Rented space

Last spring the University Board launched a plan to havefaculties and university services pay rent for the spaces they use.To pay for this, the users of space will each receive aproportional share of the current housing budget. The Board hopesthis will make users manage available spaces more efficiently. Theprofligate user will be out of pocket, the judicious user will savemoney. The Board can now go on to work out the details of the plan.However, the University Council last Tuesday decided to postponethe starting date to January 2001. The Council voiced aconsiderable number of criticisms, as did the Deans and the FacultyDirectors, of the Board's proposed formula for the calculation ofrentals.


The research institutes of the NWO national researchorganization have fulfilled their main ambition: to reach the top.Five out of the seven NWO-institutes came into this categoryaccording to assessments by international committees. NWO not onlydivides the available research funds among the universities, italso manages its own institutes. This dual role has been a point ofdiscussion over the past few years. Former Minister of EducationRitzen in particular was concerned that the impression might becreated that NWO favored its own institutes. In response to thisobjection NWO has adjusted its structures slightly. Hermans, thecurrent minister, thinks the problem has been solved. The UtrechtInstitute for Space Research SRON, among those assessed, evenreceived the designation of 'excellent'.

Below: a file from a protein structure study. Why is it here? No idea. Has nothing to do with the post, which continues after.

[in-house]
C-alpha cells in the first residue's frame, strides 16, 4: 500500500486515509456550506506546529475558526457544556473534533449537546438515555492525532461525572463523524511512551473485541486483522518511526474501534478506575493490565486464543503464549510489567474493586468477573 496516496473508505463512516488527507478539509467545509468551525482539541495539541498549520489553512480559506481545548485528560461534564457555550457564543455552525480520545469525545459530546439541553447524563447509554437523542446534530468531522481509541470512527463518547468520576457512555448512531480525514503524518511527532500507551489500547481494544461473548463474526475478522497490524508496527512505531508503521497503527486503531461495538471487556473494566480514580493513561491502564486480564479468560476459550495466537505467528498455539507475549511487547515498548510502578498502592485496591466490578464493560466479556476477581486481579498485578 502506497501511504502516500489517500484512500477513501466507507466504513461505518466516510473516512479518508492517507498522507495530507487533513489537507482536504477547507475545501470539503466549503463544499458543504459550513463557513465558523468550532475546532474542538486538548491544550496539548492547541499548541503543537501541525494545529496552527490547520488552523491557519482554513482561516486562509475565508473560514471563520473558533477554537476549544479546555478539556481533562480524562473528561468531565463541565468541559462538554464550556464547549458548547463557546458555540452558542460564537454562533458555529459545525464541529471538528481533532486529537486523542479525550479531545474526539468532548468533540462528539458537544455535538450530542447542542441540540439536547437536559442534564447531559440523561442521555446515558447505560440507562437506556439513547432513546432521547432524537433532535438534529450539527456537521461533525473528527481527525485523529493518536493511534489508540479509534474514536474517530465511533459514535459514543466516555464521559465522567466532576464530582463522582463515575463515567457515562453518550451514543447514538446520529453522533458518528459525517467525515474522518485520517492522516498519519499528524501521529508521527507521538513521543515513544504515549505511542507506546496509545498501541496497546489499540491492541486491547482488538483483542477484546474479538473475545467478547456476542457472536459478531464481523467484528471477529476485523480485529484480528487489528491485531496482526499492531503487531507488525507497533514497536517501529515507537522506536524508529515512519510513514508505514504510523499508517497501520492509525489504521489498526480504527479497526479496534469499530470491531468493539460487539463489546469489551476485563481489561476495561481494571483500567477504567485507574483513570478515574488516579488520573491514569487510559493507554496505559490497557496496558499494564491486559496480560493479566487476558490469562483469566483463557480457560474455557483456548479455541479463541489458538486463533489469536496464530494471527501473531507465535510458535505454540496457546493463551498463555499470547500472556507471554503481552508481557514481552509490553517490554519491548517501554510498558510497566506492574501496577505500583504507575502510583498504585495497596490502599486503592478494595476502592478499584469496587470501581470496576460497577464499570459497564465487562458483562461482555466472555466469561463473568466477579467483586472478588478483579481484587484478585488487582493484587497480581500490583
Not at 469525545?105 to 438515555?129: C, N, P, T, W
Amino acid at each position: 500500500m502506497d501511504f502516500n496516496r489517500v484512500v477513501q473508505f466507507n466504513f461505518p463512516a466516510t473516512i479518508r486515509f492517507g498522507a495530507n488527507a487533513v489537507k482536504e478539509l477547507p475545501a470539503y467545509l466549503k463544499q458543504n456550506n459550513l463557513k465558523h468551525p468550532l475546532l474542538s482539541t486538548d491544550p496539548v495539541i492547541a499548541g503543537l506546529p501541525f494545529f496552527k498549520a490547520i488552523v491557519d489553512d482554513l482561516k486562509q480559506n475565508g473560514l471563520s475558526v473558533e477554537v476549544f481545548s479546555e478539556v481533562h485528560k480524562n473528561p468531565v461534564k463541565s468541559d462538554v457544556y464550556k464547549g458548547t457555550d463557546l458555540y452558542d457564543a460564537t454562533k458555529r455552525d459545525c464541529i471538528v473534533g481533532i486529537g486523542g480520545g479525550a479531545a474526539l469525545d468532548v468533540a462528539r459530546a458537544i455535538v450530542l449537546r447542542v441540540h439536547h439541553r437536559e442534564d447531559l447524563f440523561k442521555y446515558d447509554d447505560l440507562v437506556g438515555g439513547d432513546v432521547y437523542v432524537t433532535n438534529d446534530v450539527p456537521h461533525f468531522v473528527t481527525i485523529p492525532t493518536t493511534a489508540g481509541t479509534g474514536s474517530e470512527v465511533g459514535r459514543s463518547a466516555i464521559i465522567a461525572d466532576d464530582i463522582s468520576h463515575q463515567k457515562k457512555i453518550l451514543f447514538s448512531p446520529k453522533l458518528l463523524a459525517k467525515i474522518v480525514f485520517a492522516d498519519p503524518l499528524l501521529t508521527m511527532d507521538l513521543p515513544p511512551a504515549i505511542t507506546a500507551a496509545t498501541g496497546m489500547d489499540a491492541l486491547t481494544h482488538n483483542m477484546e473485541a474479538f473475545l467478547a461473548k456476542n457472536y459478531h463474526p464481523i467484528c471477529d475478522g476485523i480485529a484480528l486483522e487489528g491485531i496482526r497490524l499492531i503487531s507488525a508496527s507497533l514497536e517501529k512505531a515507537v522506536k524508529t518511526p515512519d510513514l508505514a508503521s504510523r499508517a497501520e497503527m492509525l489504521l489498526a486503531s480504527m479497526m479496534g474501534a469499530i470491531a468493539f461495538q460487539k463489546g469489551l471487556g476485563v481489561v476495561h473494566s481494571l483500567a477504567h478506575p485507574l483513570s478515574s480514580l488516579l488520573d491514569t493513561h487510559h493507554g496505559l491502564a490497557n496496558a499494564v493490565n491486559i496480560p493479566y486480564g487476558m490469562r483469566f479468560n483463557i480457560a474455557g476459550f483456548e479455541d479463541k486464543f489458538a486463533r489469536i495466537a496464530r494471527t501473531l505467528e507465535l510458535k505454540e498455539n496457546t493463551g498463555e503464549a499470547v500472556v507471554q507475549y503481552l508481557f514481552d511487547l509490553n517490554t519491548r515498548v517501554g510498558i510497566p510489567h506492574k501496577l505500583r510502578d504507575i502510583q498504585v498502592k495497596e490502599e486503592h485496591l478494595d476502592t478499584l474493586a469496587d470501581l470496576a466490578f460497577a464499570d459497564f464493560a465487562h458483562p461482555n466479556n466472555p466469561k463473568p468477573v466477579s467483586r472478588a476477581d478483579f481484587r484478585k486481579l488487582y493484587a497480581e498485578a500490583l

Last year the majority of university recruits were women. Andyet, men still make the decisions, certainly in the higher academicposts. But, as is shown by figures for the year 1998 published bythe Association of Dutch Universities VSNU, it is precisely thisgroup for which the graying process continues unabated. In thatyear the total university workforce grew by a total of 570full-time posts. The majority of these vacancies were taken up bywomen part-time workers. However, emancipation fails to penetratethe higher echelons of the academic hierarchy. More than sixty percent of the women occupy posts on the lower salary scales. In spiteof a hundred per cent increase since 1990, women full professorsstill only occupy 133 full-time posts; for men the figure is2341.